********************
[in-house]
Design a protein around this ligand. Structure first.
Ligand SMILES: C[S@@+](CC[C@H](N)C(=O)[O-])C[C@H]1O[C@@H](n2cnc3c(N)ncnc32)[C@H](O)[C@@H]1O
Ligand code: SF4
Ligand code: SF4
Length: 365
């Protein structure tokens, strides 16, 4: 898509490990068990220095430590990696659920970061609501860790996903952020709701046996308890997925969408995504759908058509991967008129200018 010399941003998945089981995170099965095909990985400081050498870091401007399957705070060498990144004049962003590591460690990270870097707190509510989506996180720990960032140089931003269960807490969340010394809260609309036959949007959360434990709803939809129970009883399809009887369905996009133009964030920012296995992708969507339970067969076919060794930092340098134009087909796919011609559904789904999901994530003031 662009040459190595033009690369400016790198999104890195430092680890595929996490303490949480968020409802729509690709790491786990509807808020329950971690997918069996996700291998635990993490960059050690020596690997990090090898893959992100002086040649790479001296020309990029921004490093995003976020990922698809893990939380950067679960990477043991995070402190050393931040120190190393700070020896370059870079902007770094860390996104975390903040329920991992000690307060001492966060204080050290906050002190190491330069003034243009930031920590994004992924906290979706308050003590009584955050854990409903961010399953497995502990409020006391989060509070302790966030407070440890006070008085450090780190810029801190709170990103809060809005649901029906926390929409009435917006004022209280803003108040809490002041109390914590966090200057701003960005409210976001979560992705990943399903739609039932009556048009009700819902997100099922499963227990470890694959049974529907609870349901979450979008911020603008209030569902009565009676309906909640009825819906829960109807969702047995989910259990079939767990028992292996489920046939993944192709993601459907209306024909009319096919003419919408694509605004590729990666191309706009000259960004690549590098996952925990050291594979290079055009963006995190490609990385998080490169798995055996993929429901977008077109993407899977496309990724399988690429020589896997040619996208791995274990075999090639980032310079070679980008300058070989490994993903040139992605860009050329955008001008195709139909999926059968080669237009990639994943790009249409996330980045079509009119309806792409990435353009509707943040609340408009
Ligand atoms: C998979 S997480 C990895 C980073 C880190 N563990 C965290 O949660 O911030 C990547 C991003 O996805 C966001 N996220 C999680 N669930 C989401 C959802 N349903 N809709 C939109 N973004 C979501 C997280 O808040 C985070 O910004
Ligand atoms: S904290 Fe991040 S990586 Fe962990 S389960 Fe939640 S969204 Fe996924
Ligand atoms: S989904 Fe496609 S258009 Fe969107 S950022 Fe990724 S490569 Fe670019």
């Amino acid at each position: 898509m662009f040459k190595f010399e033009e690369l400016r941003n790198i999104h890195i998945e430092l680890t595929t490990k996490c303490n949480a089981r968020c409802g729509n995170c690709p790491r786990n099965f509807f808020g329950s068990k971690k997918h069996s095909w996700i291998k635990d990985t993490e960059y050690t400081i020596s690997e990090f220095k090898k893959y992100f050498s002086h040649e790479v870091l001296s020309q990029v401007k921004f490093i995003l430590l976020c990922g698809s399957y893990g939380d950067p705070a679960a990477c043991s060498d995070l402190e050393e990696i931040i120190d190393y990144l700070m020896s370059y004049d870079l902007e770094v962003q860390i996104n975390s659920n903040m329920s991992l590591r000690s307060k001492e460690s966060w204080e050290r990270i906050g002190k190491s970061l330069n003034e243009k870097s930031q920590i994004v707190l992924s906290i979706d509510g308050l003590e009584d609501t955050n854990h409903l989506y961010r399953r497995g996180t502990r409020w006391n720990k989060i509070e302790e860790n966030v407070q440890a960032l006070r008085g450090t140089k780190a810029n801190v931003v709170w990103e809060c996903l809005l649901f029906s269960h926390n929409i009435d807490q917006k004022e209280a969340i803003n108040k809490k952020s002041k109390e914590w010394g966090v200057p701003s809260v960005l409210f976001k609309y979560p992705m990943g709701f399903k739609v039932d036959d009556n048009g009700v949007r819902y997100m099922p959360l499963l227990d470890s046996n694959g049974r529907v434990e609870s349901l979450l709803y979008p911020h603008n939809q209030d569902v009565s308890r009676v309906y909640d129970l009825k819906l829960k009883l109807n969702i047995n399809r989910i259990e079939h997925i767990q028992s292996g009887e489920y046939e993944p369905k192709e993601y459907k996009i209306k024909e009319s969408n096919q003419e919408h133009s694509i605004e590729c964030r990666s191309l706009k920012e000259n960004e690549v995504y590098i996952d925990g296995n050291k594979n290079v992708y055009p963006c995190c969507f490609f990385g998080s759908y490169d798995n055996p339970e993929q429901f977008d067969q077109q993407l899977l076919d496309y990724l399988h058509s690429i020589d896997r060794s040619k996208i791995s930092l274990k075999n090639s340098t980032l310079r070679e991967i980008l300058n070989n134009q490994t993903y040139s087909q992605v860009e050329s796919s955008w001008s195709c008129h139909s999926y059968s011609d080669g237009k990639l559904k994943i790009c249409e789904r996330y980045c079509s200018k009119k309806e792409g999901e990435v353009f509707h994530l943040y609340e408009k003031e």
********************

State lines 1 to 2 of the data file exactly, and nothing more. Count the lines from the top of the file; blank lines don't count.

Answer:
[in-house]
Design a protein around this ligand. Structure first.